Setting up in half-kneeling stance:
One knee is placed on the ground with the glute contracted and the hip extended fully, while the other hip is flexed with the foot flat on the ground directly in front of the hip (both your legs will be at 90 degrees). The spine is in a neutral position with your ribs drawn down. Use a narrow base and keep the pelvis in a neutral position.
The goal of half-kneeling drills is to stabilize your down knee at the hip by engaging your glute and using your abs to control your ribs, trunk extension, and trunk rotation.
To make it a bit easier, you can spread your legs a bit farther apart, but make sure to keep your foot and knee parallel and facing forward.
If you're wobbly, don’t worry, that's perfectly normal! Your nervous system is working to provide you the necessary stability.
Many people get lazy in the hips, and they start leaning forward. The hip comes forward and the spine receives too much extension in the lumbar. If you plan to go overhead like this you could easily injure yourself. If your knee is going forward you are most likely pushing your hips forward. You want to keep a neutral spine throughout the exercise.
3 Keys to Performance
With all that has been written above, it is clear that anyone, from beginner to advanced fitness levels, can benefit from half-kneeling training.
But how to incorporate it into your training?
Body weight assessment
Once you are comfortable in a half kneeling position you can begin challenging your stability, mobility and strength with various exercises. We perform many exercises from this position. Here are a few examples you can do at home or your local gym, and a few from the steel mace community (great tool for half-kneeling training). These movements are a badass way to… bend the knee.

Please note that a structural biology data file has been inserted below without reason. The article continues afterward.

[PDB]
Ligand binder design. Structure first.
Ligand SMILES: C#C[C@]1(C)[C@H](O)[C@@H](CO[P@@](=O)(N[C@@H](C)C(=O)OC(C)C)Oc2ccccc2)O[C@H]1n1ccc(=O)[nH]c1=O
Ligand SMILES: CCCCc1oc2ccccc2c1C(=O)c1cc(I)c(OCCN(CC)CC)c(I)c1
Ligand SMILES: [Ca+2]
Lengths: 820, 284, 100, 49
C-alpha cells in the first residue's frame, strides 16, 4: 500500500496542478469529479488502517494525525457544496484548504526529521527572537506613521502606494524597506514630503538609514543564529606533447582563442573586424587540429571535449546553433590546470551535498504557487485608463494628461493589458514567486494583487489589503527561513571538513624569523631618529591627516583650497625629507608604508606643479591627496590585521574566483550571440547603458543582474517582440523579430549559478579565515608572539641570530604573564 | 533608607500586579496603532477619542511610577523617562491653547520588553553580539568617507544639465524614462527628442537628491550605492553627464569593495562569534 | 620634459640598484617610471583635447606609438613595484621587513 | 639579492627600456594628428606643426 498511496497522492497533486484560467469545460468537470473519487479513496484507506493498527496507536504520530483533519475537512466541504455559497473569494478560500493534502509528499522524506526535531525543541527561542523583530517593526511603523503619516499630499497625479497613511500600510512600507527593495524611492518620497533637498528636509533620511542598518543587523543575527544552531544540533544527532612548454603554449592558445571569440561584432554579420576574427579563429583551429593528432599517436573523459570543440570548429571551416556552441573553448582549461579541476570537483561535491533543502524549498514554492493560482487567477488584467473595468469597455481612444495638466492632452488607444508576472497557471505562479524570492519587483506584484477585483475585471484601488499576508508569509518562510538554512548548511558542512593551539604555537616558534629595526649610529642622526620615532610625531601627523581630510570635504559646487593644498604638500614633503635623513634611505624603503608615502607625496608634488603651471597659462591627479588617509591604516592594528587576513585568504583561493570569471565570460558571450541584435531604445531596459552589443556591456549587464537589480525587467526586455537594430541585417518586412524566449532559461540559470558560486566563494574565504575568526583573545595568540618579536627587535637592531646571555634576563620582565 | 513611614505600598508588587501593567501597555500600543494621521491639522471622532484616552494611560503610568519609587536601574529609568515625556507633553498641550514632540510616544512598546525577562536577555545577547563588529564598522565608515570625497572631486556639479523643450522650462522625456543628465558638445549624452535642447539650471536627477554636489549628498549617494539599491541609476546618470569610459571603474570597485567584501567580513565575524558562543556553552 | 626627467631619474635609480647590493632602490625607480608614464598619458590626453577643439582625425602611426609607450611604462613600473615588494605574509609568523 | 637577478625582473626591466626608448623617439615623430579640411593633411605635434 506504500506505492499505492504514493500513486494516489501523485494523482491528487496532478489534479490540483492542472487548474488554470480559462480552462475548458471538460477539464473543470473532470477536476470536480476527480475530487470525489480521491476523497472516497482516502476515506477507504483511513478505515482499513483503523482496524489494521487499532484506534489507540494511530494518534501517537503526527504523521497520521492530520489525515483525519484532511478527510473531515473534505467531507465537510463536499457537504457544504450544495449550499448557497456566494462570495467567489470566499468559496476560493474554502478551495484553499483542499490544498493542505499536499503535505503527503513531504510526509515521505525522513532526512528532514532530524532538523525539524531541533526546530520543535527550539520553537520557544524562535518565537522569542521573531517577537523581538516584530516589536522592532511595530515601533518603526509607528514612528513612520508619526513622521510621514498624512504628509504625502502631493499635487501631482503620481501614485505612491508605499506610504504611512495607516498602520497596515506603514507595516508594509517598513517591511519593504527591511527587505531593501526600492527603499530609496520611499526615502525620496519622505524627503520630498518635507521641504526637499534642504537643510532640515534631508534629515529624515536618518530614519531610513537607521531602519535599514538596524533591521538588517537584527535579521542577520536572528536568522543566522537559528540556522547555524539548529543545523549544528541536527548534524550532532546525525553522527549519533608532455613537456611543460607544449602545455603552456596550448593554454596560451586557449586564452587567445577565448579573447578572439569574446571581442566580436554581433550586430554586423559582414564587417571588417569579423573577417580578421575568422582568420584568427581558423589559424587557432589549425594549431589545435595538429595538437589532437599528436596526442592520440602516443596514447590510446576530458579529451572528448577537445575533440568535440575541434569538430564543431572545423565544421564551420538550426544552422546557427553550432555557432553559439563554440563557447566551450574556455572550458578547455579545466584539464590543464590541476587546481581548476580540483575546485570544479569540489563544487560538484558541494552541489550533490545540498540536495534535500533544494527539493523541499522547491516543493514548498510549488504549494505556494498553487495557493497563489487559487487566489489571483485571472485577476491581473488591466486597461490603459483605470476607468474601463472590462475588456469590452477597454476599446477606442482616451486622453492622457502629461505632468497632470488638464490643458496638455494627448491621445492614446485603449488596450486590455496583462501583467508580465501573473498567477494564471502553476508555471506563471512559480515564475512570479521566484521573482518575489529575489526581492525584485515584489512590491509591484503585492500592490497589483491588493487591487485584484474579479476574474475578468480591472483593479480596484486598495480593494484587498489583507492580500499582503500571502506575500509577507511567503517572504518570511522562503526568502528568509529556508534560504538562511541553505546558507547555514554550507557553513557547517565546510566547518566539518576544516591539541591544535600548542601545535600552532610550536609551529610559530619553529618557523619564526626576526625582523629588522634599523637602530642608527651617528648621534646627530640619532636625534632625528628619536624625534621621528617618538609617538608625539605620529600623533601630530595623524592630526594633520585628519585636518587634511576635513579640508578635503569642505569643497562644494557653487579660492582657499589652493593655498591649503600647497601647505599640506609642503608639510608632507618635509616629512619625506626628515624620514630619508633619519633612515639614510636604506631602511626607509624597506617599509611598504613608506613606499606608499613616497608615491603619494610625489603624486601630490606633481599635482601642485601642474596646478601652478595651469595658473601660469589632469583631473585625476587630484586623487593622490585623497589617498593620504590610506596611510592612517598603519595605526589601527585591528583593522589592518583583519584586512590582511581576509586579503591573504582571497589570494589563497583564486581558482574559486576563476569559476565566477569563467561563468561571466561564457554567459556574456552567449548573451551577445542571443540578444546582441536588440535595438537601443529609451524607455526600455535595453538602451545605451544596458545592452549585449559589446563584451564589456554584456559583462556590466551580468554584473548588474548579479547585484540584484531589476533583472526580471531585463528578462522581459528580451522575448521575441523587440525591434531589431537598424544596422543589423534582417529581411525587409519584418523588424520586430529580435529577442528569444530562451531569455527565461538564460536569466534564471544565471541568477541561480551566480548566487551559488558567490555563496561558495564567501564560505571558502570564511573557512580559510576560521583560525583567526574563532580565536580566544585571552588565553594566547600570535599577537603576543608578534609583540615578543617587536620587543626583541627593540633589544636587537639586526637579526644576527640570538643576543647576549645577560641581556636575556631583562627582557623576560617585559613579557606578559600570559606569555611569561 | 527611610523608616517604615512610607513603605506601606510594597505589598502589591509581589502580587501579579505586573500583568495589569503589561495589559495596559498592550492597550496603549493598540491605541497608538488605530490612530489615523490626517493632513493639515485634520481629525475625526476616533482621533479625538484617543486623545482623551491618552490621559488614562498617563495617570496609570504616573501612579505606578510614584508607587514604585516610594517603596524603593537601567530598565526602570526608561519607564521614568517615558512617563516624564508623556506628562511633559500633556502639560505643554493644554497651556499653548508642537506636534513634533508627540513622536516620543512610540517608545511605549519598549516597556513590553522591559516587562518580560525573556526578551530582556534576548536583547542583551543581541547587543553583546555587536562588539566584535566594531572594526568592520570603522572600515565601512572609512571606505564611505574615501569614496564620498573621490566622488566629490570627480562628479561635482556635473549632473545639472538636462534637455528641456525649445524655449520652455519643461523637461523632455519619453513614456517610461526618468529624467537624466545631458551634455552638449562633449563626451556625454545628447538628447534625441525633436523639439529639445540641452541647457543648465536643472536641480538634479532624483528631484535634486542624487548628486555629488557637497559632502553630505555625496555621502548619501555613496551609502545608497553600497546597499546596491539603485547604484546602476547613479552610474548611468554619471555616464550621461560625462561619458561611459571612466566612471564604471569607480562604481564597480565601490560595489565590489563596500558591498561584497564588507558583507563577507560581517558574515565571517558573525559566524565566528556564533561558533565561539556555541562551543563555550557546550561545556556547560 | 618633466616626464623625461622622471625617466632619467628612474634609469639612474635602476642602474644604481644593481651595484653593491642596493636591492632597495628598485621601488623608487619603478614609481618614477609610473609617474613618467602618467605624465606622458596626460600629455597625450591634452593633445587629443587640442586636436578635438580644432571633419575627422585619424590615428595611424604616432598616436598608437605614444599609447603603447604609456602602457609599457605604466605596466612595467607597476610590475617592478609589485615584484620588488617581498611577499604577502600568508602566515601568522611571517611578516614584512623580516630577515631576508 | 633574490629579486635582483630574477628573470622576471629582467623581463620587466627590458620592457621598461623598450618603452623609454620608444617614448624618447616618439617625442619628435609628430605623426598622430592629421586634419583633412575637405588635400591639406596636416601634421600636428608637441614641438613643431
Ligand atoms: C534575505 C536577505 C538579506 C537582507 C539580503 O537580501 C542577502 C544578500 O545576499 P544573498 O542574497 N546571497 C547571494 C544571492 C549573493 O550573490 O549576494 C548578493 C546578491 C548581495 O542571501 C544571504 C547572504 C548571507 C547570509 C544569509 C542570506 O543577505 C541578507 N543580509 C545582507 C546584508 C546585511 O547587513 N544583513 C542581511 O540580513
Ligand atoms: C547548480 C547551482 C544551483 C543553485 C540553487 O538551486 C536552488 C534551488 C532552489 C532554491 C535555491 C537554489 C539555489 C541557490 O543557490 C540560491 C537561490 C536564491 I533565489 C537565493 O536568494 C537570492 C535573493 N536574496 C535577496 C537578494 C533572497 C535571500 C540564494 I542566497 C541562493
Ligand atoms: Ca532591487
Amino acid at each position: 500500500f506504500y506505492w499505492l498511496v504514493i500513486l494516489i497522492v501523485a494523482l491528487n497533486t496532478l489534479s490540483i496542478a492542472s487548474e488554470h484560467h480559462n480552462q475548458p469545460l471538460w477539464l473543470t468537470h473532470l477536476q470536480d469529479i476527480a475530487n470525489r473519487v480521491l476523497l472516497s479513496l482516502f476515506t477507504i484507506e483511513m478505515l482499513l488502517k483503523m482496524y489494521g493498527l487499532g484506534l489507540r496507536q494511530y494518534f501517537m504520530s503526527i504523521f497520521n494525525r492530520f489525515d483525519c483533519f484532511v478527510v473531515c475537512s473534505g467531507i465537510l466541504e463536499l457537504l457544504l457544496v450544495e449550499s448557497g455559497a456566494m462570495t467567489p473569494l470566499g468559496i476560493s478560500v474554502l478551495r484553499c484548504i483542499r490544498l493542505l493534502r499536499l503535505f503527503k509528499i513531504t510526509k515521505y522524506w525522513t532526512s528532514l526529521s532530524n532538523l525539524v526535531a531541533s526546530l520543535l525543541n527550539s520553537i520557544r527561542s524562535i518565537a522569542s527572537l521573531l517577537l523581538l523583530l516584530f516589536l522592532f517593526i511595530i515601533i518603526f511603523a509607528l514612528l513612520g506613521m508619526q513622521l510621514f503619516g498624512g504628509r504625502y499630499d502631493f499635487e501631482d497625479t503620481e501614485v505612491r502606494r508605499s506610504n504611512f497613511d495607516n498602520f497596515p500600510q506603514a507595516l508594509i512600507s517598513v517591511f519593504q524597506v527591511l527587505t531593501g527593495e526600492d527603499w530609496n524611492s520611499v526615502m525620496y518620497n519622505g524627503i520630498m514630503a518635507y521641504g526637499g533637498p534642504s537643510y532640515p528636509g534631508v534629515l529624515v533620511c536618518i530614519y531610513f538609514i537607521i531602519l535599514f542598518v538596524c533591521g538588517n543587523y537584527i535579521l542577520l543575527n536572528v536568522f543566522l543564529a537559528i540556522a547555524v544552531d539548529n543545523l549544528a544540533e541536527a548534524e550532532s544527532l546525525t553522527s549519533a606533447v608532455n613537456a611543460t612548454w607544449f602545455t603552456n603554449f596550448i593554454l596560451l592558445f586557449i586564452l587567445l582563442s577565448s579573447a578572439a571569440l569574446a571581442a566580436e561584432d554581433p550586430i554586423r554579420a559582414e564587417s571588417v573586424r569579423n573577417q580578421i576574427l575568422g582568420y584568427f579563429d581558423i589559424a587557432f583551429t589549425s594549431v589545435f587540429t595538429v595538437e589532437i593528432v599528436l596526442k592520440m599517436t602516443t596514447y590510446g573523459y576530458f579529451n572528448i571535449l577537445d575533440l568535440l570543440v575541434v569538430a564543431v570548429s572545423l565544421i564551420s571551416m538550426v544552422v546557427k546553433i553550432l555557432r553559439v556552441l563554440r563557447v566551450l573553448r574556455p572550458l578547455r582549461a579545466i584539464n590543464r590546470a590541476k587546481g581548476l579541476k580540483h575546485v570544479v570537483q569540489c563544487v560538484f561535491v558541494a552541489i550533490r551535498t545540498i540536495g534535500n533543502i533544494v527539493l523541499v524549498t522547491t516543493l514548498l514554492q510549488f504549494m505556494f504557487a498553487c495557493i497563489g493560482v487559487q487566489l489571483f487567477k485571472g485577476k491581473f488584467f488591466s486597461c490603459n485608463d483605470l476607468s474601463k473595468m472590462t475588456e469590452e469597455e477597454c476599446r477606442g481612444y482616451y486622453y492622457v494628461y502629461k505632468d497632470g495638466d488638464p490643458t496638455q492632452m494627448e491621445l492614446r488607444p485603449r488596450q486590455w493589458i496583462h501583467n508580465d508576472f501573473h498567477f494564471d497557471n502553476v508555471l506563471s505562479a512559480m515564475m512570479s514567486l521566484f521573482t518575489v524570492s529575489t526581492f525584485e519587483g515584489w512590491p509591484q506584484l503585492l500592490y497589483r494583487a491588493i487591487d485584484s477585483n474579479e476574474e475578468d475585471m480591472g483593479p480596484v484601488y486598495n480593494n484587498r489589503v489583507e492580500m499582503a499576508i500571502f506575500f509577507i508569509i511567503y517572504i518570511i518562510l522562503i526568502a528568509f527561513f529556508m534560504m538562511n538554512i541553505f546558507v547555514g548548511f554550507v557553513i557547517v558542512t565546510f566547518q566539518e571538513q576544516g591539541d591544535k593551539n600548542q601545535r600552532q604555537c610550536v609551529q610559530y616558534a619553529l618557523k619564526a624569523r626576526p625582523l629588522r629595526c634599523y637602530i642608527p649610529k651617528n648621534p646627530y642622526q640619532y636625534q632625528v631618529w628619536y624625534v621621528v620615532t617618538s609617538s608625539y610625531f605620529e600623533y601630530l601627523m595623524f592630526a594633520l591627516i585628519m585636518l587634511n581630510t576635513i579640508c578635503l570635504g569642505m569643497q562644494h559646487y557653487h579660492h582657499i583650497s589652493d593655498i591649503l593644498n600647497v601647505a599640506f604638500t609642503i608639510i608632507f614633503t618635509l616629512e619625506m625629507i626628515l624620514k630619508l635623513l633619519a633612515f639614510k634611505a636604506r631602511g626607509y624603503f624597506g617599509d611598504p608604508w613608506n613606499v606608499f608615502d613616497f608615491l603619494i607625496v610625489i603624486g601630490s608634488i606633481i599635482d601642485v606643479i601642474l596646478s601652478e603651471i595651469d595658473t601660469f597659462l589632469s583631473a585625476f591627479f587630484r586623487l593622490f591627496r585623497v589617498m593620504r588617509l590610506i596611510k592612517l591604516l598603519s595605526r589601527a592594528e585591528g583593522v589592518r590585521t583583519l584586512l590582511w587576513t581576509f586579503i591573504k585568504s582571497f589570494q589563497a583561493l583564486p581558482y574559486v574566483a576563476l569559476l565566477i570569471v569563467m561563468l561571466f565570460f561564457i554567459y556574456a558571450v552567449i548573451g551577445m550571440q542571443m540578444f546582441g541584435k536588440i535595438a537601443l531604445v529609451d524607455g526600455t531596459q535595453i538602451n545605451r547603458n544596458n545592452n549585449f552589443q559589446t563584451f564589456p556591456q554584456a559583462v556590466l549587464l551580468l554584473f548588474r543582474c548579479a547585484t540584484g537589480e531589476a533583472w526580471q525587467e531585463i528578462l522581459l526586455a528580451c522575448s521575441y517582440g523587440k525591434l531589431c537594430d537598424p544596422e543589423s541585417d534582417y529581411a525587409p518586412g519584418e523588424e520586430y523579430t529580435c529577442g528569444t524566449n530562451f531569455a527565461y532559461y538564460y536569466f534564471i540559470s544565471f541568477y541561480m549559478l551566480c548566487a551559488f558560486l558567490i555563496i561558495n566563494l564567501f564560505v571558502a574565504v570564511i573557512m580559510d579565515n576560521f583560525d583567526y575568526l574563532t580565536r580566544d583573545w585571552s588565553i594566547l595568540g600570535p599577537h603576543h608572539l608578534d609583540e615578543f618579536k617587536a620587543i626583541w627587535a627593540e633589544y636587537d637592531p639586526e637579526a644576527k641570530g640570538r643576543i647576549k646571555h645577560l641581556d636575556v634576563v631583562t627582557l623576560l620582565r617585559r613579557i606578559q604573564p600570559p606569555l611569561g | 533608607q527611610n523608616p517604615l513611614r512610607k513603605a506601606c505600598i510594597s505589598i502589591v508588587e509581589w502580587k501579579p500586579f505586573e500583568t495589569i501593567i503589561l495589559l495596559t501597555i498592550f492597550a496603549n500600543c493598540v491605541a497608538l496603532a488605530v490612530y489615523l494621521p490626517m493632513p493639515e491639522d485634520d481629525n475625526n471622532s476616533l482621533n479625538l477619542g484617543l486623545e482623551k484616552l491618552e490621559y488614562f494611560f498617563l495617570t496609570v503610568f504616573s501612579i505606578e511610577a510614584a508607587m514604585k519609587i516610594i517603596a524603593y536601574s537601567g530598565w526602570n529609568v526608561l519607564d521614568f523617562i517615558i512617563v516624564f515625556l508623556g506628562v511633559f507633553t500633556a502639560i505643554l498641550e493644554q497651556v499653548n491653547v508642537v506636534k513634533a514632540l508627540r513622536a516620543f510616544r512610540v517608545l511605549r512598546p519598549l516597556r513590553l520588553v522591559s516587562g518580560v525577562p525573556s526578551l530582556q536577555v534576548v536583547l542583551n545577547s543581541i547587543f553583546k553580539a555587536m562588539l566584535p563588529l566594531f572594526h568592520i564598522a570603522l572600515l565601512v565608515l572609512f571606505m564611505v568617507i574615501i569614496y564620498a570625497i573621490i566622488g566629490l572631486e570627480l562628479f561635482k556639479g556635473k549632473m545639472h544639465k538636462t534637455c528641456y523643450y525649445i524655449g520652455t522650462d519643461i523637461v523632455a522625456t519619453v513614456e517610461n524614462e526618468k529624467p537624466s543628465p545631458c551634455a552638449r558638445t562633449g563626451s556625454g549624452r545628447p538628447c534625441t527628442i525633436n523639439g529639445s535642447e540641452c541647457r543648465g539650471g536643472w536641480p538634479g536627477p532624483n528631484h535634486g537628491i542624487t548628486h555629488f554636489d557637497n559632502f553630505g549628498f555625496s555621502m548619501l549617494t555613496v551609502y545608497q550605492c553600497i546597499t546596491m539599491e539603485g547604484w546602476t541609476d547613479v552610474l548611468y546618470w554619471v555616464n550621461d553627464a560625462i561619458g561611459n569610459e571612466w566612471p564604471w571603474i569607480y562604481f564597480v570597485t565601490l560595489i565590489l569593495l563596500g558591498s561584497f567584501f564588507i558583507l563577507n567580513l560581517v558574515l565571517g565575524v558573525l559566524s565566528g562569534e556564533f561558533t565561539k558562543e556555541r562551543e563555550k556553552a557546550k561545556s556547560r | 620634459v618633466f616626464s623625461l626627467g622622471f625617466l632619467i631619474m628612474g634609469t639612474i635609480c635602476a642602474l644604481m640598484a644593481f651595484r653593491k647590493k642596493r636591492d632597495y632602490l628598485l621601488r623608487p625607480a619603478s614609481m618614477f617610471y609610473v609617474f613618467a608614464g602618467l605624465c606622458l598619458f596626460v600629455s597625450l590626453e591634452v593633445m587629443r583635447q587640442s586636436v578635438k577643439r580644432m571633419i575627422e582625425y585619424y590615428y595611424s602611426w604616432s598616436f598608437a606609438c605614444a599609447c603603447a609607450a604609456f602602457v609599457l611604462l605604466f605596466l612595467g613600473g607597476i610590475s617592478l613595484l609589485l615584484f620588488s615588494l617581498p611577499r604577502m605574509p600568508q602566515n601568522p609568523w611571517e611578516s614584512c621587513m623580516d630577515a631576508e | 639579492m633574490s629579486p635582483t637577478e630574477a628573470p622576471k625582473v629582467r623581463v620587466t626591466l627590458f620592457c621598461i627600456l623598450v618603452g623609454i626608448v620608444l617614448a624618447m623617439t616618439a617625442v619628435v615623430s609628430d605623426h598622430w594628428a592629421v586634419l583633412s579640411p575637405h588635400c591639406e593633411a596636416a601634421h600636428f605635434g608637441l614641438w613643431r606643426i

Half kneeling dumbbell press:
Half-kneeling single arm row:
Half-kneeling pallof press:
Half-kneeling anti-rotation hold:
Half-kneeling medicine ball rotational throws:
Kelly Manzone - Half-kneeling kettlebell presses:
The Steel Mace is also a fantastic tool for the job. The uneven weight distribution of the steel mace makes it the ideal tool for unilateral, offset training and improving muscle imbalances. Therefore, half-kneeling and steel mace training are perfect for each other. The combo allows for optimal hip and trunk stability training benefits. Here are some examples from the steel mace community:
So if you feel like you could benefit from improved balance and stability, then give the half kneeling position a shot. Now that you understand the core principles behind it, you can get creative and incorporate half-kneeling training into your program. If you have any questions when developing a plan to incorporate half-kneeling training for you or your client, please contact us or leave a comment below.
More on stability training:
Core Stability Training: Anti-Rotation vs Rotation Core Exercises.